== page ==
According to the Prime Minister's promise, the next election will be held in March, or early April at the latest. By then Canadians will be familiar with Justice Gomery's recommendations and will be able to benefit from a much improved legislative environment.

Nonetheless, that is not enough for the opposition. They want to hold an election in mid-February, which is 8 weeks, at the very most, before the date the Prime Minister proposed to all Canadians on national television.

An election any sooner would be held before Justice Gomery has completed his work, and therefore, before Canadians have all the answers regarding the problems with the sponsorship program and—equally important—regarding the measures that will need to be taken to prevent such a situation from happening again.

It will be incumbent upon the opposition parties to explain to Canadians why they are disrupting the work, not only of the government, but also of Parliament, in order to force a premature election in the middle of winter, thereby going against what most Canadians want. In fact, Canadians are still waiting for a good reason for all this.

The opposition parties are saying they do not have confidence in this government. Yet, they want to use opposition days to confirm their confidence for a just few more months. This flagrant contradiction highlights the purely political motivation behind today's motion.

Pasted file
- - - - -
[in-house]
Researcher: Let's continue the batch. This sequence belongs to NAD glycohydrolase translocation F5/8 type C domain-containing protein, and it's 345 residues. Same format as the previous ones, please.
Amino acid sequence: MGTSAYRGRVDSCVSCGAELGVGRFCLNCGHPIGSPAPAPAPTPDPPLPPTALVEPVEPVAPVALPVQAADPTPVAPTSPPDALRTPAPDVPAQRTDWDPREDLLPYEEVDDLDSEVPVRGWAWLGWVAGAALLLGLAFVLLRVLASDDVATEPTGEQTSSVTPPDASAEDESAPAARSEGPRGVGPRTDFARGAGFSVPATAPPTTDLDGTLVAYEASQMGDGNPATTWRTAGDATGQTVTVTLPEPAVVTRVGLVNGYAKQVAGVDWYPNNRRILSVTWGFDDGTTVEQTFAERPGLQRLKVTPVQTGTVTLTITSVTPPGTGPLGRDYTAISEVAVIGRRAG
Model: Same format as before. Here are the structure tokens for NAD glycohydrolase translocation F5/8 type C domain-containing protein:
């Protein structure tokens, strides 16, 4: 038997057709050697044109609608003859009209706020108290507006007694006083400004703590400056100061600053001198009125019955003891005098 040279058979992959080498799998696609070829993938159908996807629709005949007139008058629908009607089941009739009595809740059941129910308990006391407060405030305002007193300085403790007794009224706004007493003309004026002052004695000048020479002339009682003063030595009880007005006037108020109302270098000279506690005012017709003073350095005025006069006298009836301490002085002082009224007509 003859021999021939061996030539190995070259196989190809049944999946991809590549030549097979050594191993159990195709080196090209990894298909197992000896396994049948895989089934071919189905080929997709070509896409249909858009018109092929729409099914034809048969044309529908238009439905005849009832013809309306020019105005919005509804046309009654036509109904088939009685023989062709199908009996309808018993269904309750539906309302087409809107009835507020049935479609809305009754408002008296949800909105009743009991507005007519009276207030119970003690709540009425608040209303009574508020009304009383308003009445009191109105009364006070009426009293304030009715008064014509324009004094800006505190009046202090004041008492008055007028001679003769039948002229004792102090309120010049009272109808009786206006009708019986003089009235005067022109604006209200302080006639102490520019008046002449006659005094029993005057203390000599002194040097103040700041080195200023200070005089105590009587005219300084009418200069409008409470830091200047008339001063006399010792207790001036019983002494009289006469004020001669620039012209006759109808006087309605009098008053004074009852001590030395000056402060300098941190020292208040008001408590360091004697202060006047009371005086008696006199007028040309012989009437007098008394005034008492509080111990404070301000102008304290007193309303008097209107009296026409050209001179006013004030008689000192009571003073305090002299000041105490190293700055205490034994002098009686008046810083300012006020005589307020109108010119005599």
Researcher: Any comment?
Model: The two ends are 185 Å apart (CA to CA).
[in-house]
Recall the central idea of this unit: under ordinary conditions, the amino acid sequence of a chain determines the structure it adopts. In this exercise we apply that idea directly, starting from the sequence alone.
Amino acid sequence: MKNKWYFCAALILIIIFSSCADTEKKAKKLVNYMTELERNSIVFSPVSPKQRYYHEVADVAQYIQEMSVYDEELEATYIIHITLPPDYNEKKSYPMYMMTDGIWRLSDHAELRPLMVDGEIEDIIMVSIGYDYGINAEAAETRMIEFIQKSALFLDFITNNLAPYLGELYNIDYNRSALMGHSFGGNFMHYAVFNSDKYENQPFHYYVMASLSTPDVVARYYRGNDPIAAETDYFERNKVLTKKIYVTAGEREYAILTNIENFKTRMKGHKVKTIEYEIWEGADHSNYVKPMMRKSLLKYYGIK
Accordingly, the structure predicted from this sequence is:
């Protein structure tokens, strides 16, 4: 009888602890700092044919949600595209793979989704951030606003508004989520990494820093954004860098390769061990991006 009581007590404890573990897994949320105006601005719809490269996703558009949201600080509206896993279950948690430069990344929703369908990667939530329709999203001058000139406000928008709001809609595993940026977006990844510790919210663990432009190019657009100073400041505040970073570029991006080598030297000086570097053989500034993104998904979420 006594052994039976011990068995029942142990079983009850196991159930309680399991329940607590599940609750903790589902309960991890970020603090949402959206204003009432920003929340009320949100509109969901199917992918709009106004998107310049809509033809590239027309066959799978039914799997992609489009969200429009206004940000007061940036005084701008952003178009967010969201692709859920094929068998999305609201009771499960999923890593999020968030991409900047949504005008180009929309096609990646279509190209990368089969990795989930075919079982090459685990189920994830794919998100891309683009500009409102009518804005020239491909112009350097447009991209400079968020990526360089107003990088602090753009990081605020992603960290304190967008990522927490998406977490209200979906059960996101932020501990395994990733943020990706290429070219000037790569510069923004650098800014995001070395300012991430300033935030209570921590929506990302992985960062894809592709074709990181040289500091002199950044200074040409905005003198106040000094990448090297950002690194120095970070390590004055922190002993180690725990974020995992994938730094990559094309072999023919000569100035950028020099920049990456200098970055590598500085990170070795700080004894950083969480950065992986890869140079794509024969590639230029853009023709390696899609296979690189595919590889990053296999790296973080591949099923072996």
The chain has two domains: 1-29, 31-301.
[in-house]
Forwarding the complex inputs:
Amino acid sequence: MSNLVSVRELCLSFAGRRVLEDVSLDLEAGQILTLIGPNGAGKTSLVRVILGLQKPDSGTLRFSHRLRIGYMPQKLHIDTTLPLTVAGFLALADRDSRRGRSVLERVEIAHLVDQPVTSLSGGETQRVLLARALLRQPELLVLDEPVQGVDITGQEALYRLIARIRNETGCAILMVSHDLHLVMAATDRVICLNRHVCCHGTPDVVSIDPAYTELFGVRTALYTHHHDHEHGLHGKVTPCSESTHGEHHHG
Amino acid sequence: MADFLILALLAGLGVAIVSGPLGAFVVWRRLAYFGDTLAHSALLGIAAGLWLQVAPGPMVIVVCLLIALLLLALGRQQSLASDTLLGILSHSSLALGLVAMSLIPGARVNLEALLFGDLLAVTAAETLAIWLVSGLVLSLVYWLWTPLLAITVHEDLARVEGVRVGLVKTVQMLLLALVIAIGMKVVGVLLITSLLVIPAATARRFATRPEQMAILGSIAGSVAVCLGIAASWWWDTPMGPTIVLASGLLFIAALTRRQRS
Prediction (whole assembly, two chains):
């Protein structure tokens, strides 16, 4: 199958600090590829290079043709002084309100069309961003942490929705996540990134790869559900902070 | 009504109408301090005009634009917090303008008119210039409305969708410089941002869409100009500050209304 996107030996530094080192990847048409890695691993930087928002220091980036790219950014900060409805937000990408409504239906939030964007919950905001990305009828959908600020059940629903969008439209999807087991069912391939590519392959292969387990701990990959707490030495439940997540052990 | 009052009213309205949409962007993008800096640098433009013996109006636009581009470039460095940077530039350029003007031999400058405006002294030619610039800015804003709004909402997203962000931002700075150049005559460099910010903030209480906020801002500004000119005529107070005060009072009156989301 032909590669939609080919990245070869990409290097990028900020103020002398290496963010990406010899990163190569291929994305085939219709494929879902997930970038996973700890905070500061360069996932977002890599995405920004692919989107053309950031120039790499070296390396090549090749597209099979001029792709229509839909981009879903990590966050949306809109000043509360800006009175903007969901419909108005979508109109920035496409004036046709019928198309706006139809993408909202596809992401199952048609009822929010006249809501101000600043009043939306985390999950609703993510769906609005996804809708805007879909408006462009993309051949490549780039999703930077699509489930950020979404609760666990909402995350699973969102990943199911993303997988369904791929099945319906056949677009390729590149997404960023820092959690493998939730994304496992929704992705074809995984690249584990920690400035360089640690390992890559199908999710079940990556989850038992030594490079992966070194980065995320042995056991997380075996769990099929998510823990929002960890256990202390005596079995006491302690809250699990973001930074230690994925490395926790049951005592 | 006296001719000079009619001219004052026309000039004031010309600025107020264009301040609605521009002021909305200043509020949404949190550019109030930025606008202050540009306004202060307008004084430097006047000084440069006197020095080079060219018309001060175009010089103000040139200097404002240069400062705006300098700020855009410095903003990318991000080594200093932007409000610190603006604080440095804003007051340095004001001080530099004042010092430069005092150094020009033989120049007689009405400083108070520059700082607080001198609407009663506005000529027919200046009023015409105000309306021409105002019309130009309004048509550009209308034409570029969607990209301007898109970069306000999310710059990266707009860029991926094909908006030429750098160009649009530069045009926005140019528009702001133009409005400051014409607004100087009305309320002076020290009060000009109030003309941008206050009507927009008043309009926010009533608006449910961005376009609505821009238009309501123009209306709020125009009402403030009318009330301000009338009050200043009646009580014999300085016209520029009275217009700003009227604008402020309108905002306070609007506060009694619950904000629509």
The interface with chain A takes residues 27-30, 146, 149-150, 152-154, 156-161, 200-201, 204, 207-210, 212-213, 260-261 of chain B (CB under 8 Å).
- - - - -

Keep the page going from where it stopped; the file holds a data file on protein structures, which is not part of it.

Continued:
As the government House leader indicated, some opposition members seem to believe that the notion that a government must have the confidence of the House was somehow divisible, that we could have confidence today, but tomorrow? Maybe in a few weeks they would see if they had lost confidence. The government would continue to govern, until they decided to put that loss of confidence into effect.

I said a couple of days ago that the opposition members seemed to think that confidence in government, in parliamentary terms, was like Christmas lights. We turn them on in the evening, we turn them off in the morning and then we put them away in January. Canadians will not be fooled by that simplistic analysis.

When the first minority government in 25 years was elected in 2004, the government committed to doing things differently in Parliament. Canadians expected us, as members of Parliament, to work constructively together. The record shows in many cases we have been very successful. In just 19 months we have delivered on a broad range of initiatives that will advance the interests of Canadians and continue to ensure Canada's place in the world.

For example, we passed legislation to implement the 10 year plan to strengthen health care. A federal adviser on wait times was appointed. Steps continue to be taken so we can work with the provinces to protect Canada's public health system.

We passed legislation to implement fundamental reforms to the equalization program. This balanced approach ensured that all Canadians could benefit from social services and enjoy the same quality of life, regardless of the province in which they live. These improvements mean additional resources, additional moneys being transferred to my province, the province of New Brunswick. We already have seen an improvement not only in social services, education and health care, but improvements in infrastructure as well. The government and people of New Brunswick benefit by this cooperative approach.